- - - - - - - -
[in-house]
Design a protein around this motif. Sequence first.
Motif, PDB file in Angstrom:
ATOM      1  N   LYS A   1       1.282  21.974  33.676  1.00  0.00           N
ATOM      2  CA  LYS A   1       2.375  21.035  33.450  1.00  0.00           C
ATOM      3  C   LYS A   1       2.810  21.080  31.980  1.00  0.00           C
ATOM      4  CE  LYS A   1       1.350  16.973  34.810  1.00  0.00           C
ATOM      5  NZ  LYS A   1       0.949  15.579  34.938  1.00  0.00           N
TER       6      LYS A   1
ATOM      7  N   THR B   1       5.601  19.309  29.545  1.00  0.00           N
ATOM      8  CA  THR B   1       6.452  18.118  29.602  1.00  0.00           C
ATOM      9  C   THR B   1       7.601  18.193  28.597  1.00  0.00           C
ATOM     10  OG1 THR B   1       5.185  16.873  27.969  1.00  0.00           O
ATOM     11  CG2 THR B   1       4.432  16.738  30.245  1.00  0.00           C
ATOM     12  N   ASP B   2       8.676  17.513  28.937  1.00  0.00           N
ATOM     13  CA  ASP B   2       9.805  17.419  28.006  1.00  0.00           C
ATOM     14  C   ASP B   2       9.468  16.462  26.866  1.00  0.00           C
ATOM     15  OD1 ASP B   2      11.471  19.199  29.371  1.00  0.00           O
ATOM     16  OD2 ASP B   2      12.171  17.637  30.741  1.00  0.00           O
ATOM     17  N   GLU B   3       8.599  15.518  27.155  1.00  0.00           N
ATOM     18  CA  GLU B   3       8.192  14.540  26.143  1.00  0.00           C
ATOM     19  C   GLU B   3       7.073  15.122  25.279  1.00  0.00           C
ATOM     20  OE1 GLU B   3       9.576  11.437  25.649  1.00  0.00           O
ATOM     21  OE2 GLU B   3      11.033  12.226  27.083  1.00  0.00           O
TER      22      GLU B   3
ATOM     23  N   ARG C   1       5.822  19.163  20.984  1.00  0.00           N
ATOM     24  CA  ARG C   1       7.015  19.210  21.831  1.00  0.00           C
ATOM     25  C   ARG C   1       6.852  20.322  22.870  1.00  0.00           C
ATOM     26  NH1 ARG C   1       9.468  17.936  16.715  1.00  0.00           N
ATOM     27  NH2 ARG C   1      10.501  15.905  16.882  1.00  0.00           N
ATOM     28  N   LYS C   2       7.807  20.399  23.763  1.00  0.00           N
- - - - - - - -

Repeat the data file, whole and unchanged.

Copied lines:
[in-house]
Design a protein around this motif. Sequence first.
Motif, PDB file in Angstrom:
ATOM      1  N   LYS A   1       1.282  21.974  33.676  1.00  0.00           N
ATOM      2  CA  LYS A   1       2.375  21.035  33.450  1.00  0.00           C
ATOM      3  C   LYS A   1       2.810  21.080  31.980  1.00  0.00           C
ATOM      4  CE  LYS A   1       1.350  16.973  34.810  1.00  0.00           C
ATOM      5  NZ  LYS A   1       0.949  15.579  34.938  1.00  0.00           N
TER       6      LYS A   1
ATOM      7  N   THR B   1       5.601  19.309  29.545  1.00  0.00           N
ATOM      8  CA  THR B   1       6.452  18.118  29.602  1.00  0.00           C
ATOM      9  C   THR B   1       7.601  18.193  28.597  1.00  0.00           C
ATOM     10  OG1 THR B   1       5.185  16.873  27.969  1.00  0.00           O
ATOM     11  CG2 THR B   1       4.432  16.738  30.245  1.00  0.00           C
ATOM     12  N   ASP B   2       8.676  17.513  28.937  1.00  0.00           N
ATOM     13  CA  ASP B   2       9.805  17.419  28.006  1.00  0.00           C
ATOM     14  C   ASP B   2       9.468  16.462  26.866  1.00  0.00           C
ATOM     15  OD1 ASP B   2      11.471  19.199  29.371  1.00  0.00           O
ATOM     16  OD2 ASP B   2      12.171  17.637  30.741  1.00  0.00           O
ATOM     17  N   GLU B   3       8.599  15.518  27.155  1.00  0.00           N
ATOM     18  CA  GLU B   3       8.192  14.540  26.143  1.00  0.00           C
ATOM     19  C   GLU B   3       7.073  15.122  25.279  1.00  0.00           C
ATOM     20  OE1 GLU B   3       9.576  11.437  25.649  1.00  0.00           O
ATOM     21  OE2 GLU B   3      11.033  12.226  27.083  1.00  0.00           O
TER      22      GLU B   3
ATOM     23  N   ARG C   1       5.822  19.163  20.984  1.00  0.00           N
ATOM     24  CA  ARG C   1       7.015  19.210  21.831  1.00  0.00           C
ATOM     25  C   ARG C   1       6.852  20.322  22.870  1.00  0.00           C
ATOM     26  NH1 ARG C   1       9.468  17.936  16.715  1.00  0.00           N
ATOM     27  NH2 ARG C   1      10.501  15.905  16.882  1.00  0.00           N
ATOM     28  N   LYS C   2       7.807  20.399  23.763  1.00  0.00           N